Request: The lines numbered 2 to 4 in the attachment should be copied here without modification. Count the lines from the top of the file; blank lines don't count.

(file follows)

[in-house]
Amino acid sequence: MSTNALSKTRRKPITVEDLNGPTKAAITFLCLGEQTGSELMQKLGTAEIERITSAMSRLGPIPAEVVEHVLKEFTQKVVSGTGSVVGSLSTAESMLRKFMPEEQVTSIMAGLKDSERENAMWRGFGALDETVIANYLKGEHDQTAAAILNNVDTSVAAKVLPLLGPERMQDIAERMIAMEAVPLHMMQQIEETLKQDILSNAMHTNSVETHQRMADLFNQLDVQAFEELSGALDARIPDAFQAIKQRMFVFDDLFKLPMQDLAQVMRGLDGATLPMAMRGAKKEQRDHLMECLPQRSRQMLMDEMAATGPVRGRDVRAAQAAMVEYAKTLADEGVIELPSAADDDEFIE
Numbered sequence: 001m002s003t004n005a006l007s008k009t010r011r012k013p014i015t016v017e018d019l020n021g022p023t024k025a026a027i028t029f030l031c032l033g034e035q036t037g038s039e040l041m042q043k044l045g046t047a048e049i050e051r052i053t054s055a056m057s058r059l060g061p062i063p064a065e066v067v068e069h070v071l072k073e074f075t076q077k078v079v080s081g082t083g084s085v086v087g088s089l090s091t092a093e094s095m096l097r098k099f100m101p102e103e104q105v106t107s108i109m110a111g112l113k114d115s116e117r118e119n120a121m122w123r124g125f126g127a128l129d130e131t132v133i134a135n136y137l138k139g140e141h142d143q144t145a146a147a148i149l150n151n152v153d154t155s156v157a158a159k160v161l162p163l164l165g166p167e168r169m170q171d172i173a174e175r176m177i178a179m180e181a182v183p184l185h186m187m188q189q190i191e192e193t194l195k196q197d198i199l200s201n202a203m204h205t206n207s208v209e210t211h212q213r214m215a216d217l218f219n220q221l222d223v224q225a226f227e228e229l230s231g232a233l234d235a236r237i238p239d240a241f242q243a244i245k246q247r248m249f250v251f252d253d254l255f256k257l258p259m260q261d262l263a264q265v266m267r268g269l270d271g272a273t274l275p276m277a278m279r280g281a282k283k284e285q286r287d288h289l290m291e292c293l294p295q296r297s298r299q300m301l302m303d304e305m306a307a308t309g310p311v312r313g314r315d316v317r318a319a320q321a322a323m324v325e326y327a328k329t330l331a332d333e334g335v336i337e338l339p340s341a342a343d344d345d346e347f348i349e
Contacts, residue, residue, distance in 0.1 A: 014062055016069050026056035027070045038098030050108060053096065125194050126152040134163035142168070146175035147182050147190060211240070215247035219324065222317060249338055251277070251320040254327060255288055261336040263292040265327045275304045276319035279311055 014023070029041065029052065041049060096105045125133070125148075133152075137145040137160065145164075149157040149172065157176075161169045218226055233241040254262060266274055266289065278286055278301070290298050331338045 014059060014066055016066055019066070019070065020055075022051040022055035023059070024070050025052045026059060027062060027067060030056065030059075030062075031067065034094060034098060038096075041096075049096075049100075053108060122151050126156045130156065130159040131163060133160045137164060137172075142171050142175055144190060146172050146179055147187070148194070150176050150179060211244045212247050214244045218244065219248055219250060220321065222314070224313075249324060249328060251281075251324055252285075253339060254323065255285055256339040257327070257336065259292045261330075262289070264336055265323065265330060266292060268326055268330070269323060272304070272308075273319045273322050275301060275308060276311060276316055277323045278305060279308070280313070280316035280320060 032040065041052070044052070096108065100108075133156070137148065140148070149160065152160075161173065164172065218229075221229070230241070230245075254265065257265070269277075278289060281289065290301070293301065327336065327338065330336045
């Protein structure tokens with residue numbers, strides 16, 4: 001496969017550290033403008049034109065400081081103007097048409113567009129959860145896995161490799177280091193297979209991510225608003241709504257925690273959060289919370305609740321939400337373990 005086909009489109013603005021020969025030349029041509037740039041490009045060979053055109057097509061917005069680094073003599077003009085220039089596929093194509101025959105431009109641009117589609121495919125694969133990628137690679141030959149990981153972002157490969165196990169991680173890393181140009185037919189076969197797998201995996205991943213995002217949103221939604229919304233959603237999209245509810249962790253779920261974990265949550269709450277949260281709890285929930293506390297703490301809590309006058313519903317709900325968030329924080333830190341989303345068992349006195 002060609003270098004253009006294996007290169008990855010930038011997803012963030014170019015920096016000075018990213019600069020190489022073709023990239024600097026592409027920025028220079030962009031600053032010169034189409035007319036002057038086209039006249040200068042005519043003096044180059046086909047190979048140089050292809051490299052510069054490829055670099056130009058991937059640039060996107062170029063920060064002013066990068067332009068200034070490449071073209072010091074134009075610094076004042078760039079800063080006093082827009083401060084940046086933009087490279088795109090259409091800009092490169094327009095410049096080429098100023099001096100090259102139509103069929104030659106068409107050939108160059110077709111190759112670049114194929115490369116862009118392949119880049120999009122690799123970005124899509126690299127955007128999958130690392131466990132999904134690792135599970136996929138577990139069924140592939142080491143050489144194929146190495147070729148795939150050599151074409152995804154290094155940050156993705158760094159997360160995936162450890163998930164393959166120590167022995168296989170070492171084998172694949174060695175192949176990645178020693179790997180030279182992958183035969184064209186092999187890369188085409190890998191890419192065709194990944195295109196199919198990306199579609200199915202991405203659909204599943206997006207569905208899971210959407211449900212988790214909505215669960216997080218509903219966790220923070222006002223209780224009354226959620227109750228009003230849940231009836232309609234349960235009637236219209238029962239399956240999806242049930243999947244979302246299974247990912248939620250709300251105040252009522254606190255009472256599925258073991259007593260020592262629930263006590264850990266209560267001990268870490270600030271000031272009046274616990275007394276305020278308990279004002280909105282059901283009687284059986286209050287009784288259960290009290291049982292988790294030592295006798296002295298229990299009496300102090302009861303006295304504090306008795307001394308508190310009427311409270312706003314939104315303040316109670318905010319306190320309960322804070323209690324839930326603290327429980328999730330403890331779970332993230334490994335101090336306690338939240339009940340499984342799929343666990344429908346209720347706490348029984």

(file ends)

Amino acid sequence: MSTNALSKTRRKPITVEDLNGPTKAAITFLCLGEQTGSELMQKLGTAEIERITSAMSRLGPIPAEVVEHVLKEFTQKVVSGTGSVVGSLSTAESMLRKFMPEEQVTSIMAGLKDSERENAMWRGFGALDETVIANYLKGEHDQTAAAILNNVDTSVAAKVLPLLGPERMQDIAERMIAMEAVPLHMMQQIEETLKQDILSNAMHTNSVETHQRMADLFNQLDVQAFEELSGALDARIPDAFQAIKQRMFVFDDLFKLPMQDLAQVMRGLDGATLPMAMRGAKKEQRDHLMECLPQRSRQMLMDEMAATGPVRGRDVRAAQAAMVEYAKTLADEGVIELPSAADDDEFIE
Numbered sequence: 001m002s003t004n005a006l007s008k009t010r011r012k013p014i015t016v017e018d019l020n021g022p023t024k025a026a027i028t029f030l031c032l033g034e035q036t037g038s039e040l041m042q043k044l045g046t047a048e049i050e051r052i053t054s055a056m057s058r059l060g061p062i063p064a065e066v067v068e069h070v071l072k073e074f075t076q077k078v079v080s081g082t083g084s085v086v087g088s089l090s091t092a093e094s095m096l097r098k099f100m101p102e103e104q105v106t107s108i109m110a111g112l113k114d115s116e117r118e119n120a121m122w123r124g125f126g127a128l129d130e131t132v133i134a135n136y137l138k139g140e141h142d143q144t145a146a147a148i149l150n151n152v153d154t155s156v157a158a159k160v161l162p163l164l165g166p167e168r169m170q171d172i173a174e175r176m177i178a179m180e181a182v183p184l185h186m187m188q189q190i191e192e193t194l195k196q197d198i199l200s201n202a203m204h205t206n207s208v209e210t211h212q213r214m215a216d217l218f219n220q221l222d223v224q225a226f227e228e229l230s231g232a233l234d235a236r237i238p239d240a241f242q243a244i245k246q247r248m249f250v251f252d253d254l255f256k257l258p259m260q261d262l263a264q265v266m267r268g269l270d271g272a273t274l275p276m277a278m279r280g281a282k283k284e285q286r287d288h289l290m291e292c293l294p295q296r297s298r299q300m301l302m303d304e305m306a307a308t309g310p311v312r313g314r315d316v317r318a319a320q321a322a323m324v325e326y327a328k329t330l331a332d333e334g335v336i337e338l339p340s341a342a343d344d345d346e347f348i349e
Contacts, residue, residue, distance in 0.1 A: 014062055016069050026056035027070045038098030050108060053096065125194050126152040134163035142168070146175035147182050147190060211240070215247035219324065222317060249338055251277070251320040254327060255288055261336040263292040265327045275304045276319035279311055 014023070029041065029052065041049060096105045125133070125148075133152075137145040137160065145164075149157040149172065157176075161169045218226055233241040254262060266274055266289065278286055278301070290298050331338045 014059060014066055016066055019066070019070065020055075022051040022055035023059070024070050025052045026059060027062060027067060030056065030059075030062075031067065034094060034098060038096075041096075049096075049100075053108060122151050126156045130156065130159040131163060133160045137164060137172075142171050142175055144190060146172050146179055147187070148194070150176050150179060211244045212247050214244045218244065219248055219250060220321065222314070224313075249324060249328060251281075251324055252285075253339060254323065255285055256339040257327070257336065259292045261330075262289070264336055265323065265330060266292060268326055268330070269323060272304070272308075273319045273322050275301060275308060276311060276316055277323045278305060279308070280313070280316035280320060 032040065041052070044052070096108065100108075133156070137148065140148070149160065152160075161173065164172065218229075221229070230241070230245075254265065257265070269277075278289060281289065290301070293301065327336065327338065330336045